Want a net positive fashion industry? Fair wages and circularity are needed, says the Global Fashion Agenda

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The fashion industry needs to be more ambitious or risk doubling its carbon targets, warns the Global Fashion Agenda (GFA) in its latest report.

The GFA Monitor report, launched ahead of Copenhagen’s biggest event in the sustainability industry this week, the Global Fashion Summit, warns that fashion must accelerate its response to climate change in less than eight years to align with the UN’s 1.5 ° C. Are you ready to get there? Fair wages throughout the supply chain and greater attention to circularity.

The report encourages industry to accelerate action on all five priorities: it notes that progress has already been made in resource management, a secure work environment and material selection, but activities related to payroll and circular systems are lagging behind.

“Solutions and tools that the fashion industry needs to improve already exist. It is time to use them ambitiously, “said GFA Director General Federica Marchionni. “With such a wealth of information circulating about sustainability, it can be a challenge for leaders to identify which actions will lead them on the path to progress. Through this report, our goal is to create a harmonized resource for the industry. ”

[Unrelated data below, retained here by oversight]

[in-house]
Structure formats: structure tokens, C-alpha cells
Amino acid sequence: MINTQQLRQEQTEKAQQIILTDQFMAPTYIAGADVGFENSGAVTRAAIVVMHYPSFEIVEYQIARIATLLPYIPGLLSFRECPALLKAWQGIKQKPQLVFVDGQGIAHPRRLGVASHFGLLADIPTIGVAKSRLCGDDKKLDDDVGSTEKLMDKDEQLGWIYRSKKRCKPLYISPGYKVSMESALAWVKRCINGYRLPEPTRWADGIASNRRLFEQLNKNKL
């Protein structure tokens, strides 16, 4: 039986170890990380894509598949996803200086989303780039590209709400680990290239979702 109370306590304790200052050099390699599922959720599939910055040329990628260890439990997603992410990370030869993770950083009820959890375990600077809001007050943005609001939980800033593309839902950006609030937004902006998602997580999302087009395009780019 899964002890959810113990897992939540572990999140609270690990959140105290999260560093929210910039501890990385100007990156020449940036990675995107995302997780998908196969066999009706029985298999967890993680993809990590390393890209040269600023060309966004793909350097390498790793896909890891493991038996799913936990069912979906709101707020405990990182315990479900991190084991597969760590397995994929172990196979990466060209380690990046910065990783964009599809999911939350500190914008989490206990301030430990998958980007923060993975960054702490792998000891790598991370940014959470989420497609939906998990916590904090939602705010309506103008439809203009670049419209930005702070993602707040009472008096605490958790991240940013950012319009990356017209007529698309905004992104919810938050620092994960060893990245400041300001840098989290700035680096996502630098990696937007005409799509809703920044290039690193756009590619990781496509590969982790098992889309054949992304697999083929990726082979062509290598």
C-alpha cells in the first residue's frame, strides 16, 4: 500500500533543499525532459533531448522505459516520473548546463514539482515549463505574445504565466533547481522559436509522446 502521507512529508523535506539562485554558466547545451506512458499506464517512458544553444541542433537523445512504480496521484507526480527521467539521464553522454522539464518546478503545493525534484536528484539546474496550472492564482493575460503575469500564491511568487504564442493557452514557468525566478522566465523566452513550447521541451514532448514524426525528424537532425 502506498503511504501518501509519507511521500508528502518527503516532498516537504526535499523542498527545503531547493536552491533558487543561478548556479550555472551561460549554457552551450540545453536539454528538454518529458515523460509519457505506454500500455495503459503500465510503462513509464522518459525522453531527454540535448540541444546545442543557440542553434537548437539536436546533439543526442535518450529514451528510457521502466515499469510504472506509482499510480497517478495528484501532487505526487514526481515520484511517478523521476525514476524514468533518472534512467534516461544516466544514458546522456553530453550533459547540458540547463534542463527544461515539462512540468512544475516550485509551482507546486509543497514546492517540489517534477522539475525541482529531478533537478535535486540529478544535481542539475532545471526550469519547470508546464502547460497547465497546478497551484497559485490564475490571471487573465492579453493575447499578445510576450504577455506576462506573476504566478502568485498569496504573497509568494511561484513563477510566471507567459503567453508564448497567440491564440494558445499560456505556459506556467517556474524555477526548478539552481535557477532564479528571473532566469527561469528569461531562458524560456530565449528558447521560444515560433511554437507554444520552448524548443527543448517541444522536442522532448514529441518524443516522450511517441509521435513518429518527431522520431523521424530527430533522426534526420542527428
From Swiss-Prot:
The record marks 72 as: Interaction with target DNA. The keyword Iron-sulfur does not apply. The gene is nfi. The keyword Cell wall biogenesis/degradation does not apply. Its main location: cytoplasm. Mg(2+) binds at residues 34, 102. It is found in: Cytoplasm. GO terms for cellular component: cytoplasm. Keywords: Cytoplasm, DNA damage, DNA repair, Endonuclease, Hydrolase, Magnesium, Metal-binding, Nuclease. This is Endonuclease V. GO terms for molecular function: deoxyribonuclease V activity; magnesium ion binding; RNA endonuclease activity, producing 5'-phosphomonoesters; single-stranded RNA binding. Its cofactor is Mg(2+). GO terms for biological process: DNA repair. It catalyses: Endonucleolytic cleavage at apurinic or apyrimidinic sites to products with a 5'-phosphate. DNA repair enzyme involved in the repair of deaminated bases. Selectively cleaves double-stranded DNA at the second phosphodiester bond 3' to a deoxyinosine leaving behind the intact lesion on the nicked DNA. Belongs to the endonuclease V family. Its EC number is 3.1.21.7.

As for securing better wages throughout the supply chain, 58 percent of brands say the company’s customers are trained on the cost of production models, according to the report. In terms of circularity, 92 percent of brands are taking steps to improve energy and fuel use; and two-thirds of brands involve multi-stakeholder organizations to accelerate the adoption and development of sustainable materials. However, just over a third of brands say they are already working with stakeholders on how to extend product life, and only 14 percent of brands say most products are made from recyclable materials where their products are sold.

Experts have long been looking for a way to standardize efforts for fashion sustainability, especially where it helps in collaboration among the competition. In an effort to achieve this, this week’s annual GFA summit welcomes brand leaders, and in March partnered with the UN Secretariat for Climate Change, whose UN Fashion Industry Charter for Climate Action brought together more than 100 companies, including luxury competitors LVMH and Kering, under ambitious climate goals.

GFA Monitor itself counts the Ellen MacArthur Foundation, Textile Exchange and Apparel Impact Institute as collaborators, with additional data from over 200 brands and vendors used in impact measures developed by the Higg Sustainability Insight Platform. It will be updated annually in an attempt to hold the industry accountable for sustainability action.

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